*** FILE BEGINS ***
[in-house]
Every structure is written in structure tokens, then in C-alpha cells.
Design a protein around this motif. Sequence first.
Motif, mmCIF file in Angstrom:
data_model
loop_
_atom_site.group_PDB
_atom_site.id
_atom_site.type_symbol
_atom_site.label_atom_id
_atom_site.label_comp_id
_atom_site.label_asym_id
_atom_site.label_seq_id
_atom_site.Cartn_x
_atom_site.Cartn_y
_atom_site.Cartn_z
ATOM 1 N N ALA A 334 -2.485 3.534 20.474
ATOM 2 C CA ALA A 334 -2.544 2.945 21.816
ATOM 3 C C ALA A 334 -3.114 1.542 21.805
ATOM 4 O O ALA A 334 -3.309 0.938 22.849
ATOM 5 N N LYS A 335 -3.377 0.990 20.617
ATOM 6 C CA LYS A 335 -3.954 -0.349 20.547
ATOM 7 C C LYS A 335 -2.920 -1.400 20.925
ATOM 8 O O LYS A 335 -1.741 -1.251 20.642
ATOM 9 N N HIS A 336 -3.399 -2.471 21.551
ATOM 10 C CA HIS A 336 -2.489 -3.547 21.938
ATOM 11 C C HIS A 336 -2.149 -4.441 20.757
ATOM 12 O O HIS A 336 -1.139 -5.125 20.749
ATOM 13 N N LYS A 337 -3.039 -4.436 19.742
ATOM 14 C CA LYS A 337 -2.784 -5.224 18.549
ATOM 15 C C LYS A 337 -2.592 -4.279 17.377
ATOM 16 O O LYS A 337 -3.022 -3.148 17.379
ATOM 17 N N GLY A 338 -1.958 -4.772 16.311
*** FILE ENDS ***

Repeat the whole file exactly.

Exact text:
[in-house]
Every structure is written in structure tokens, then in C-alpha cells.
Design a protein around this motif. Sequence first.
Motif, mmCIF file in Angstrom:
data_model
loop_
_atom_site.group_PDB
_atom_site.id
_atom_site.type_symbol
_atom_site.label_atom_id
_atom_site.label_comp_id
_atom_site.label_asym_id
_atom_site.label_seq_id
_atom_site.Cartn_x
_atom_site.Cartn_y
_atom_site.Cartn_z
ATOM 1 N N ALA A 334 -2.485 3.534 20.474
ATOM 2 C CA ALA A 334 -2.544 2.945 21.816
ATOM 3 C C ALA A 334 -3.114 1.542 21.805
ATOM 4 O O ALA A 334 -3.309 0.938 22.849
ATOM 5 N N LYS A 335 -3.377 0.990 20.617
ATOM 6 C CA LYS A 335 -3.954 -0.349 20.547
ATOM 7 C C LYS A 335 -2.920 -1.400 20.925
ATOM 8 O O LYS A 335 -1.741 -1.251 20.642
ATOM 9 N N HIS A 336 -3.399 -2.471 21.551
ATOM 10 C CA HIS A 336 -2.489 -3.547 21.938
ATOM 11 C C HIS A 336 -2.149 -4.441 20.757
ATOM 12 O O HIS A 336 -1.139 -5.125 20.749
ATOM 13 N N LYS A 337 -3.039 -4.436 19.742
ATOM 14 C CA LYS A 337 -2.784 -5.224 18.549
ATOM 15 C C LYS A 337 -2.592 -4.279 17.377
ATOM 16 O O LYS A 337 -3.022 -3.148 17.379
ATOM 17 N N GLY A 338 -1.958 -4.772 16.311